Two sent to hospital in suspected DUI crash near Timber Cove in Sonoma County

Good Samaritans had taken the victims to nearby Sonoma Coast properties to call for help, forcing emergency crews to search door-to-door to find them, according to fire officials.|

A Timber Cove woman suspected of drunken driving was arrested and two female passengers traveling with her were hospitalized with serious injuries, after she apparently lost control and her car struck multiple trees and ended up down an embankment near Timber Cove along the Sonoma Coast late Sunday night.

Authorities arrested Mariana Salazar, 29, on two felony DUI charges and driving her Nissan Sentra without a license, after the Nissan Sentra she was driving veered off Timber Cove Road south of Seaview Road and crashed around 11:30 p.m.

Salazar left the scene and walked home, where she was later arrested after a sobriety test, California Highway Patrol spokesman David deRutte said Monday. Salazar was uninjured but checked at Sutter Santa Rosa Regional Hospital, before she was booked into Sonoma County Jail Monday morning.

Her bail was set at $100,000 and she is scheduled to make a first appearance in county court Tuesday.

Helicopters were deployed to remote forests along the Timber Cove coastline to airlift passengers Valentina Felix, 38, and Alicia Felix, 35, of Cazadero to Santa Rosa Memorial Hospital.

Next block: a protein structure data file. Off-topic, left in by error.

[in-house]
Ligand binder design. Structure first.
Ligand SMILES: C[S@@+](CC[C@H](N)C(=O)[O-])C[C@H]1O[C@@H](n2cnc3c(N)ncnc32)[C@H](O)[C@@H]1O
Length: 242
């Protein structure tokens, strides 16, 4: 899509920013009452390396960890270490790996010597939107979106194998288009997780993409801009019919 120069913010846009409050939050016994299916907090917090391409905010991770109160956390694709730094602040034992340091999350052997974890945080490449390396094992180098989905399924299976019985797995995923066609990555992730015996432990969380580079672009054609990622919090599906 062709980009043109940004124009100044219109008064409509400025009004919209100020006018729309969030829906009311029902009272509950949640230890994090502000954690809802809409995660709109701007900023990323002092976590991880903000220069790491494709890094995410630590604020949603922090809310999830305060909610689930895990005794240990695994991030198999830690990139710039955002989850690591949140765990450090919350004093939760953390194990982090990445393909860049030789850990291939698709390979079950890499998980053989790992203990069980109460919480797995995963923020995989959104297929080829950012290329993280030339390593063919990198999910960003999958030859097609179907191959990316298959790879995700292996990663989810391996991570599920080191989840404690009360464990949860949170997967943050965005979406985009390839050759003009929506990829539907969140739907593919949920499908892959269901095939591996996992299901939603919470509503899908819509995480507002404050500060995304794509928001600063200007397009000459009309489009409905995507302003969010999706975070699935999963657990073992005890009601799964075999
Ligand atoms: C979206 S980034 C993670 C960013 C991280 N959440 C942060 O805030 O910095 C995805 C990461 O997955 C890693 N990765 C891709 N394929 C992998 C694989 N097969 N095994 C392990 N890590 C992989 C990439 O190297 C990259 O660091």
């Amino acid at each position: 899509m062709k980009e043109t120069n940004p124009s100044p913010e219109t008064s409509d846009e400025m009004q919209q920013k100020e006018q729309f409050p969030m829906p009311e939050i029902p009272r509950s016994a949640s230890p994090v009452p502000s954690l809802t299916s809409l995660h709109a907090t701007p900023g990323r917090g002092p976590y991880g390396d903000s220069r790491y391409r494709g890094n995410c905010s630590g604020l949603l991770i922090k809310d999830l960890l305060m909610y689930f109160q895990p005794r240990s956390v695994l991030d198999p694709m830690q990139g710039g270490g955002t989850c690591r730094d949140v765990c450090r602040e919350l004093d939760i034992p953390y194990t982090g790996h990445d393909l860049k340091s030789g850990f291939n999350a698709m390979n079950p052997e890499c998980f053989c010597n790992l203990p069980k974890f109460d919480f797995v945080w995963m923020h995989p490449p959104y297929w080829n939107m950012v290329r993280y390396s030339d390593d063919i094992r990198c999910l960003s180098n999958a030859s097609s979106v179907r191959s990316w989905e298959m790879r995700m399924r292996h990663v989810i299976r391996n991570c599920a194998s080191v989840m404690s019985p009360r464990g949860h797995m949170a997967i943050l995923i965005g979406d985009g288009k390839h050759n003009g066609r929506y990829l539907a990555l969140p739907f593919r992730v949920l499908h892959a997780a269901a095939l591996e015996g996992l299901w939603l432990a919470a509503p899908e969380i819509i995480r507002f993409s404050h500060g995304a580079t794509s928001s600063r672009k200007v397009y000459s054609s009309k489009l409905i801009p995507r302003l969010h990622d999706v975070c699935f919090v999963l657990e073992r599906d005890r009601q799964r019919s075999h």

The three women are coworkers at an area hotel and apparently were driving home from work when the crash occurred, deRutte said.

Firefighters initially struggled to locate the badly injured passengers, and spent hours searching the area for them, Timber Cove Fire Chief Erich Lynn said.

The pair had been taken separately by at least two well-intended drivers to nearby properties where they could use landlines to call and wait for help, Lynn said. But fire and medical personnel had a hard time finding them because of that, and had to go door-to-door and canvass the terrain using infrared scanners to figure out where the two injured woman ended up, Lynn said.

“The good Samaritans do it out here because cellphones don’t work,” the fire chief said. “You can’t call anything from where you are. There’s so much confusion. If cellphones worked, it’d be a different ballgame.”

You can reach Staff Writer Yousef Baig at 707-521-5390 or On Twitter @YousefBaig.

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